«I was wandering around the market stand at FEIMA, Maputo’s traditional handicrafts fair, when a voice from a loudspeaker invited all visitors to have a free screening. Thus, I discovered CUAMM, engaged in a prevention campaign to measure blood sugar and blood pressure. In the past, I had already checked myself for diabetes at the capital’s Central Hospital, but to be able to do so in this context was fantastic! I hope that similar initiatives will be repeated in the future, because it is important to receive medical advice even outside hospitals».

These are the words of Salvador, 65, collected by CUAMM workers in the field. According to the Ministry of Health, in Mozambique most of the population suffering from diabetes and hypertension do not know their diagnosis: for hypertension, only 15.2% of men in the urban area and 7.9% in the rural area know; 33.2% of women in the urban area and 8.9% in the rural area. For diabetes, 13%. And this is why the “Prevention and control of non-communicable diseases” project, realised by CUAMM, has among its activities the organisation of health fairs to offer screening and diagnosis services, outside health units.

The choice of location always falls on particularly crowded areas, in order to attract attention with the help of community activists, who inform passers-by about chronic diseases, the importance of regular check-ups, and try to encourage them to check that they do not suffer from diabetes and hypertension. As happened in Maputo, during the handicrafts fair: in this context, Naima+, a network of NGOs, organised a fair within a fair, entitled “Your health, our priority”, during which CUAMM was involved in diabetes and hypertension screening activities. Participation was very high and many people who had never heard of NCDs (non-communicable diseases) found out that they were affected, so they started specific treatment.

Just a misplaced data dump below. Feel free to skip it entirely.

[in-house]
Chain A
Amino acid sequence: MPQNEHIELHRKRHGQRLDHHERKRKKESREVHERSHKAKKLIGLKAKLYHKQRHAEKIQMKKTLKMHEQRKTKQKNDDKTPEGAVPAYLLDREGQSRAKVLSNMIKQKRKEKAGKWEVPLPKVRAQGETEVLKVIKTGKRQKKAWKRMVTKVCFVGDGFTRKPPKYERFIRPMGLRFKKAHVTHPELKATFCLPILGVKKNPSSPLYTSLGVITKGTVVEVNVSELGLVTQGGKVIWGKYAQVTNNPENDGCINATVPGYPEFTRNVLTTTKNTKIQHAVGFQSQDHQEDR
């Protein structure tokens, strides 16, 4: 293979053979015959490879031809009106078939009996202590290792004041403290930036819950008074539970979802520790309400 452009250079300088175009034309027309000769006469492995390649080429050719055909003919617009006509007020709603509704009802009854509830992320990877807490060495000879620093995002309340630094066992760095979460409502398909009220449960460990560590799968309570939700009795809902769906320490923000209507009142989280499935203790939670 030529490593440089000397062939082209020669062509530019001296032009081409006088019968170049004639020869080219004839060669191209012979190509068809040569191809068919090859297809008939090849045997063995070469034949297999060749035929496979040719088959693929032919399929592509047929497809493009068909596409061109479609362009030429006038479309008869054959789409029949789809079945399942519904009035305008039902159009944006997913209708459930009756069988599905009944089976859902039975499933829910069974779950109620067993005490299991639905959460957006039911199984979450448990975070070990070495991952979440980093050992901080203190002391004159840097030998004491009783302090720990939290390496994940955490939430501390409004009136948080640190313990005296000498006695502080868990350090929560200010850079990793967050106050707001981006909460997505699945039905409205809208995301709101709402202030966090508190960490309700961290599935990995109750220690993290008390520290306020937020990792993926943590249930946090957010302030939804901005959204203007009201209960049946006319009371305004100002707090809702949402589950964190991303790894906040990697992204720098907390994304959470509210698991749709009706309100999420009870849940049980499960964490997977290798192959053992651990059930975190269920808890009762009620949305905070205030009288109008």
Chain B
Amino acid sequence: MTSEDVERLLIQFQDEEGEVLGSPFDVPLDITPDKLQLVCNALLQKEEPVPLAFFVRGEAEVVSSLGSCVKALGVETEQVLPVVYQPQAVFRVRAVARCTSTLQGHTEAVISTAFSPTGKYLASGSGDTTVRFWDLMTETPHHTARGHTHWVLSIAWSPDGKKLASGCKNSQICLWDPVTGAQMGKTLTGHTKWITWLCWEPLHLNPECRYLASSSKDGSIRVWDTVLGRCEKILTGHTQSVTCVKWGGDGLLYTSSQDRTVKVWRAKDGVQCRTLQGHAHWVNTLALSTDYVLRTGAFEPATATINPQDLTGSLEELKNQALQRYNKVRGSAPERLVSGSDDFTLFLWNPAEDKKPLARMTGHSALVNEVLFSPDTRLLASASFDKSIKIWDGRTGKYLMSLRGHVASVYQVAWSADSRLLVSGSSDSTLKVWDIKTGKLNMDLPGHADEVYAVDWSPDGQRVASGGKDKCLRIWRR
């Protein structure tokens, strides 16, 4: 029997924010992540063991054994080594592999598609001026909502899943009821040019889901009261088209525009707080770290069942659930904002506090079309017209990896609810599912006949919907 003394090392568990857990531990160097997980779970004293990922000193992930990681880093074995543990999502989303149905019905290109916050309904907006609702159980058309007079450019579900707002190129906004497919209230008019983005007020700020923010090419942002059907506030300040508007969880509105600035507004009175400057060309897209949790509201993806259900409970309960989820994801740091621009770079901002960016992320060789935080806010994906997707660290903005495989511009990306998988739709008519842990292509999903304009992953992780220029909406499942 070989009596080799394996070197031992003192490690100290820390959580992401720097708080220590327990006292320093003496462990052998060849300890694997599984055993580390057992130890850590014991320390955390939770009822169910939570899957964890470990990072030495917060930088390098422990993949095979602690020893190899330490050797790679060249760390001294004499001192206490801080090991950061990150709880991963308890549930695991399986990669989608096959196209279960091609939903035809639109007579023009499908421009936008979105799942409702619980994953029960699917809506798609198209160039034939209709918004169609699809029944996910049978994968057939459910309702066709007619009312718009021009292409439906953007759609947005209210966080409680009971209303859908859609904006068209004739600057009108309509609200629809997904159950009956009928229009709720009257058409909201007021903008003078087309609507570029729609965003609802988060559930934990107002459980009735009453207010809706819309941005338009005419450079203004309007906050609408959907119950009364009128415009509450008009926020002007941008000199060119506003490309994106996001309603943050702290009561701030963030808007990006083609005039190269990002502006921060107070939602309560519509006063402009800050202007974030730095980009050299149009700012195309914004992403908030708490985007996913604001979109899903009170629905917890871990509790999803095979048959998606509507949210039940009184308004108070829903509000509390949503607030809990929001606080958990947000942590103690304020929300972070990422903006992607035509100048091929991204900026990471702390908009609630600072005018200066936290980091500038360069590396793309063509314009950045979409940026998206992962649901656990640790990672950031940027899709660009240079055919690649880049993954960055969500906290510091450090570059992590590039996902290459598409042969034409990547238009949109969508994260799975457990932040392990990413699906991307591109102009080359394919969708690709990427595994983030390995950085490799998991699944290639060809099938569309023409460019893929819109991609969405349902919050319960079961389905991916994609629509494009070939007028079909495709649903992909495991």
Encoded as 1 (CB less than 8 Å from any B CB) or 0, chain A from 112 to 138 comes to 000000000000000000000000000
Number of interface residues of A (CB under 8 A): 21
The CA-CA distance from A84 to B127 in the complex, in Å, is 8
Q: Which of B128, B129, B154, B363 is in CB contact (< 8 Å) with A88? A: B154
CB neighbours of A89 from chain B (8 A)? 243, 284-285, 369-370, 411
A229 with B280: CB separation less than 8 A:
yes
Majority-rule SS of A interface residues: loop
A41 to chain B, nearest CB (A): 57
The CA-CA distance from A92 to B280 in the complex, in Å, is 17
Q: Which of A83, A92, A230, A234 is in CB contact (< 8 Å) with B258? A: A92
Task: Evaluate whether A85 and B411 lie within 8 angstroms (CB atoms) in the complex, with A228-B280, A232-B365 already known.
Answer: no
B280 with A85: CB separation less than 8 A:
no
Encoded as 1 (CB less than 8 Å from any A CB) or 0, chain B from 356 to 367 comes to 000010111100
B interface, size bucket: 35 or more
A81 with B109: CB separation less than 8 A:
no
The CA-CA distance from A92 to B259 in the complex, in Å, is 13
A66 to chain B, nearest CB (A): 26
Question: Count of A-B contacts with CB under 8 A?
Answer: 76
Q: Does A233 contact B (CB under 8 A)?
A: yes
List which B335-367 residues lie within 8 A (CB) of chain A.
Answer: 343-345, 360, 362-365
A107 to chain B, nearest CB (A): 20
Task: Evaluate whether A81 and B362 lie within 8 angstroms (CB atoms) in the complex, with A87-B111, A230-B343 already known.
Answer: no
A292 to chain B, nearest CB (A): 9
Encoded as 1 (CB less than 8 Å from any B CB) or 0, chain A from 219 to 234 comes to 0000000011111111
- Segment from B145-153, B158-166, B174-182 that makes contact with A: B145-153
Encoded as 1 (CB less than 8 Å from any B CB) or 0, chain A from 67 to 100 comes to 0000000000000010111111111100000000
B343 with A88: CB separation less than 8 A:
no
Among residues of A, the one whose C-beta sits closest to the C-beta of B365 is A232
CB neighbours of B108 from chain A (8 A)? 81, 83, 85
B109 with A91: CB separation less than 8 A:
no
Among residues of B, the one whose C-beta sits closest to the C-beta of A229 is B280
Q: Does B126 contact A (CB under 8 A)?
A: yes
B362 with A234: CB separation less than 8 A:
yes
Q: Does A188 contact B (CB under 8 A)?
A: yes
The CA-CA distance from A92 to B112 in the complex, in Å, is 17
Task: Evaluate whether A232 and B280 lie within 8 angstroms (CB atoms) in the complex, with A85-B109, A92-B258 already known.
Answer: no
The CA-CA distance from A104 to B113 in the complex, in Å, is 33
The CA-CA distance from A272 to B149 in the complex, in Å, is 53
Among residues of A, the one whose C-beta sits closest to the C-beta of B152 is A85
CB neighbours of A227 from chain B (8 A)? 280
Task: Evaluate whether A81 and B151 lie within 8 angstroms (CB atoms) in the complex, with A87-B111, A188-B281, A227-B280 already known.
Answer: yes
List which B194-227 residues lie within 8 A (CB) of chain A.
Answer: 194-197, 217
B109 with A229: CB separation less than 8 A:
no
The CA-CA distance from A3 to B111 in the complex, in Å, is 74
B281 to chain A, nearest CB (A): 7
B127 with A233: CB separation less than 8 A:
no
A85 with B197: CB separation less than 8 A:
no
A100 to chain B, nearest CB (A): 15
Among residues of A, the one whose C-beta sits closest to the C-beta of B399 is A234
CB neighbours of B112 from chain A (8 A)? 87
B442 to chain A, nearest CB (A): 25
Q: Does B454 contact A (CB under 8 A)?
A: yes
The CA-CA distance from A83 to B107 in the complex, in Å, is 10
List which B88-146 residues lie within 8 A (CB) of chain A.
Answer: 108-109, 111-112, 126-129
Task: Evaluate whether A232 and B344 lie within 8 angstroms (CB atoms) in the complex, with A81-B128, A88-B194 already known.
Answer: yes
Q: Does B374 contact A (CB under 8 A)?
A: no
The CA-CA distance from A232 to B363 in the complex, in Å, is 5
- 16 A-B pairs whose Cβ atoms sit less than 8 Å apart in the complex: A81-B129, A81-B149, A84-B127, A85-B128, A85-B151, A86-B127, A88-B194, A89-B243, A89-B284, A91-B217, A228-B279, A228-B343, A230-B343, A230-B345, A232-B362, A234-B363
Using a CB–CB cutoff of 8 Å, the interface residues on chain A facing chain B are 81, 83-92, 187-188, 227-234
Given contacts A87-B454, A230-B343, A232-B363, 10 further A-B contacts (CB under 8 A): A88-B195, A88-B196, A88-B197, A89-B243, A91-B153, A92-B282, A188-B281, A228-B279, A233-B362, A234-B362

«I work at a stand at the craft market and, like many colleagues, I had never checked my blood sugar in my life. I am happy that health personnel came to the fair, because I realised the value of proper nutrition to avoid getting sick», Maria Luisa, 48, told us.

CUAMM activist Wuengue explained how even a “simple” job can help save lives: «My job is simple, I talk to people about diabetes and hypertension. I realise, however, that my commitment has great significance when I find that I can convince women and men to go for check-ups. I know that I have the chance to awaken curiosity in people and the desire to take care of their health».

«Non-communicable diseases are silent and, often, people only arrive at the emergency room when their health is compromised. With these health fairs we are able to do prevention and save lives», said health technician Helder.

When someone is reluctant to get screened, the elderly and young people are convinced to get tested thanks to the awareness of the activists who have skills and sensitivity. The craft market provided an ideal opportunity to raise awareness about insidious and rapidly increasing, but preventable and controllable diseases through good practices and early diagnosis.

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